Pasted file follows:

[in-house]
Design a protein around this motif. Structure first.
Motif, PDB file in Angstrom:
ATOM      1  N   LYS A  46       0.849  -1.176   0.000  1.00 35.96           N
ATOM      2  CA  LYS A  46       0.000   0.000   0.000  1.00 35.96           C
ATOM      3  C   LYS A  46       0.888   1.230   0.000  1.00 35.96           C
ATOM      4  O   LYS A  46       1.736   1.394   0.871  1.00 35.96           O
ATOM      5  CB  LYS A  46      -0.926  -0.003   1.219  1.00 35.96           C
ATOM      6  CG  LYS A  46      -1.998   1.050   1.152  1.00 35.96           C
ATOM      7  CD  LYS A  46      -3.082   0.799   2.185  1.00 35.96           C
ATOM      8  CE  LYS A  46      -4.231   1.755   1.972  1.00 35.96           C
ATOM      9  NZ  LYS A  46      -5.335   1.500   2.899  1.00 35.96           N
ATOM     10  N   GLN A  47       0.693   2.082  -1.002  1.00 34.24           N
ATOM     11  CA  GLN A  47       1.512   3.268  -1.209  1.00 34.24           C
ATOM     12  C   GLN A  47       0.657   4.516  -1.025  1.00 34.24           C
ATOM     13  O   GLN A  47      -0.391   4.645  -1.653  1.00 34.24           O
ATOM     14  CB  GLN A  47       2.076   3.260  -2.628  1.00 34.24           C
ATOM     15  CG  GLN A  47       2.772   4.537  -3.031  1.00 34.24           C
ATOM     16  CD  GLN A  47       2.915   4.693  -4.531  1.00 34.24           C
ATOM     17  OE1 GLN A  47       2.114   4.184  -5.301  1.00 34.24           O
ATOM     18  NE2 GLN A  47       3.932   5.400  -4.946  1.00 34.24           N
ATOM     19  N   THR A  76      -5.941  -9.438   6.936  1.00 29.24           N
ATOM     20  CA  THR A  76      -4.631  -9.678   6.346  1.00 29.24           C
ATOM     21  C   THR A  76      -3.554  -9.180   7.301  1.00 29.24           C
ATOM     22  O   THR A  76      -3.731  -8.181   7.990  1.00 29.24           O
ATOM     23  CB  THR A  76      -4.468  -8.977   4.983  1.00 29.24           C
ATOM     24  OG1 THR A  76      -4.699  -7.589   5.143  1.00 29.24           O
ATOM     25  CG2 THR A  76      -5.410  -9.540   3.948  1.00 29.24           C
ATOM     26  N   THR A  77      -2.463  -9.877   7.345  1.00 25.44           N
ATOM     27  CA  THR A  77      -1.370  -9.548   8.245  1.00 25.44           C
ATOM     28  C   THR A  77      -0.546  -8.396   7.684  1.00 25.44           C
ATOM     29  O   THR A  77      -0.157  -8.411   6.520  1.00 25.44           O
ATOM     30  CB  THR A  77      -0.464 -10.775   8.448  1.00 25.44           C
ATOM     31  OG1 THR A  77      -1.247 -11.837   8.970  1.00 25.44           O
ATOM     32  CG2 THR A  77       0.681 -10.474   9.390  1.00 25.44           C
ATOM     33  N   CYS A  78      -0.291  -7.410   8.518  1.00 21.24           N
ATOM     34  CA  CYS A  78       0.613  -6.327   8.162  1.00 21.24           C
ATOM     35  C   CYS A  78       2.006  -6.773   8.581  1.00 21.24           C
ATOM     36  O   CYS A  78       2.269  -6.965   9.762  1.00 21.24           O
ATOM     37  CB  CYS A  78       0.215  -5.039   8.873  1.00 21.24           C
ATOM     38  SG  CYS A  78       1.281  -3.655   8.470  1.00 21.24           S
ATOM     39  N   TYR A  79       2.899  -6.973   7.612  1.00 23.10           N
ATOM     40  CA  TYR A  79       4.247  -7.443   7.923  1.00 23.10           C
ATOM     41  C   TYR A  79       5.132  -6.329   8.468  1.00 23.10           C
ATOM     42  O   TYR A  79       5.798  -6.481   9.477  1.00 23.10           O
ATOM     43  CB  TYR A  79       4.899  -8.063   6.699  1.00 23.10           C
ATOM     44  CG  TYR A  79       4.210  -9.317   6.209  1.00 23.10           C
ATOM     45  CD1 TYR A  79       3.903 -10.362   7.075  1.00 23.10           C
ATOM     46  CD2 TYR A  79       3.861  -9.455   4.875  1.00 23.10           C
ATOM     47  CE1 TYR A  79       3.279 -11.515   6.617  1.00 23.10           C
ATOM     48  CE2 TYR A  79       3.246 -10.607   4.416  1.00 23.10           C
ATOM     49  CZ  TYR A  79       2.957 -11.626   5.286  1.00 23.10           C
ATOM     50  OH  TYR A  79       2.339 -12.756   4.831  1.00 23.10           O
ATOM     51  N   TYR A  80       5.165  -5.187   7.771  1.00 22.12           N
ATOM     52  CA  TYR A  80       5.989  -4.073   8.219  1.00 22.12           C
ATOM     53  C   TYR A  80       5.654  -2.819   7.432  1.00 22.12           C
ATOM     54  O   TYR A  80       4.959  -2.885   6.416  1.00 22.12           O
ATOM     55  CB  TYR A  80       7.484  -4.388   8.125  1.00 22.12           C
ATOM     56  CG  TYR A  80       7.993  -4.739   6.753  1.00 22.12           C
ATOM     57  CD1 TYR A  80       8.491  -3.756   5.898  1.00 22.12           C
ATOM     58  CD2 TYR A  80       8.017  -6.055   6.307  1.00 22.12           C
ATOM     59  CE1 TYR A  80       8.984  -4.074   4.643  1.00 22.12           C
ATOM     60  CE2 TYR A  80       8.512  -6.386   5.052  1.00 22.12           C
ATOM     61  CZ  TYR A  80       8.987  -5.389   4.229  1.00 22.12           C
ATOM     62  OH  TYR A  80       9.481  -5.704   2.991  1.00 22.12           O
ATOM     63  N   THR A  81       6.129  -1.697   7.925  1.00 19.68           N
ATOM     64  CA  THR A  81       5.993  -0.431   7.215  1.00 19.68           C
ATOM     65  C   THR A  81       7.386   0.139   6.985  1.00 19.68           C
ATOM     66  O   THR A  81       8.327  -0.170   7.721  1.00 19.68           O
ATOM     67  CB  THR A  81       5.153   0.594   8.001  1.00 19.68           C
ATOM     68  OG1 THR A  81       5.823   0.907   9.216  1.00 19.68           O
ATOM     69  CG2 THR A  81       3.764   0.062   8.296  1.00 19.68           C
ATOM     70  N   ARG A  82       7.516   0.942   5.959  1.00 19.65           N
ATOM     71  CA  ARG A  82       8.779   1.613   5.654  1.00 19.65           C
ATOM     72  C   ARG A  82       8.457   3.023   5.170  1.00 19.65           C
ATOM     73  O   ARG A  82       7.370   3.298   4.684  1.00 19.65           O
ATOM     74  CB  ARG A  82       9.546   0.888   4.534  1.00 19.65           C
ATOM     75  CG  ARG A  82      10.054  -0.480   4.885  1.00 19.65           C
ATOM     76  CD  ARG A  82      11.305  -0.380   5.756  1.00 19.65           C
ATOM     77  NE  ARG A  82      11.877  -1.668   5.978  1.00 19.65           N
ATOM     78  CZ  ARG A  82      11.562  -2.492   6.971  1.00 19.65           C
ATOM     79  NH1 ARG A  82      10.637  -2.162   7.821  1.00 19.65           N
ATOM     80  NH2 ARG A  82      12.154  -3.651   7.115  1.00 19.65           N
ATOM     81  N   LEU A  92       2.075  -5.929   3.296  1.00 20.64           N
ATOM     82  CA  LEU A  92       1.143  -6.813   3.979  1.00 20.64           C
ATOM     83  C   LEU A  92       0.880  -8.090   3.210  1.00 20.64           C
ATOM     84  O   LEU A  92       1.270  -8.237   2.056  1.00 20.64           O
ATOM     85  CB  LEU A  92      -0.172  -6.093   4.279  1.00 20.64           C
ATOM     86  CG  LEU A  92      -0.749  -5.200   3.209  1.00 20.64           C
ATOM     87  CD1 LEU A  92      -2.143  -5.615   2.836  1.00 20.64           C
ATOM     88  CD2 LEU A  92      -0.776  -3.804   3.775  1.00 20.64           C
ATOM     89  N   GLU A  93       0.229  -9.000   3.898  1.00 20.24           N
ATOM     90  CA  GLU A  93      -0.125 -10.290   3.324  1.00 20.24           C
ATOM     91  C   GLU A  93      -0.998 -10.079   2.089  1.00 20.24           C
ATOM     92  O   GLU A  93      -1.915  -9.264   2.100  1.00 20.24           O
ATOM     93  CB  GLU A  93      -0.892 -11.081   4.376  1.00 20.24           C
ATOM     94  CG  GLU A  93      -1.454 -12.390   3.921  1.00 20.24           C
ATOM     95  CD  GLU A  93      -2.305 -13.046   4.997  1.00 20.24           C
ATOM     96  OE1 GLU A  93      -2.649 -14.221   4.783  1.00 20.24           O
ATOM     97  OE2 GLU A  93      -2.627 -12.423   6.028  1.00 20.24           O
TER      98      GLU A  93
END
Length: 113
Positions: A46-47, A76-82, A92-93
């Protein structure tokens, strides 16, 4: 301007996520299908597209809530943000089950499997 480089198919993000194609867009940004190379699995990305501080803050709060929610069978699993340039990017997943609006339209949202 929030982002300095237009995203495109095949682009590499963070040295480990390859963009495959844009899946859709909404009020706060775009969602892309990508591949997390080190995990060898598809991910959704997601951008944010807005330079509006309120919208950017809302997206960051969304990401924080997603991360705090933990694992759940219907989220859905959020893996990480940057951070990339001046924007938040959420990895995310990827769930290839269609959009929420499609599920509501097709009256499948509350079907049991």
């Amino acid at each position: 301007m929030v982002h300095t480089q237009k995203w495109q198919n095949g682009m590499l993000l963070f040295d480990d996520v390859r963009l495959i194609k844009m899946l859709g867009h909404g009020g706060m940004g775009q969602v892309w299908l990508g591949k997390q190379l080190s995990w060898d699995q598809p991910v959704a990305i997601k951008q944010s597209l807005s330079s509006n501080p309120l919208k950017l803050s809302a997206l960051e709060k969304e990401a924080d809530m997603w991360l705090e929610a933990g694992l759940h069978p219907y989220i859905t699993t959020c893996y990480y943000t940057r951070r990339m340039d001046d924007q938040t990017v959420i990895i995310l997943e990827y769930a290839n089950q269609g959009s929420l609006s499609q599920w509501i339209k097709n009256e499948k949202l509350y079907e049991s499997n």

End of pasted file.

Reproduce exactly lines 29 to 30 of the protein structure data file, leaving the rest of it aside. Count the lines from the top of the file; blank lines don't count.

ATOM     26  N   THR A  77      -2.463  -9.877   7.345  1.00 25.44           N
ATOM     27  CA  THR A  77      -1.370  -9.548   8.245  1.00 25.44           C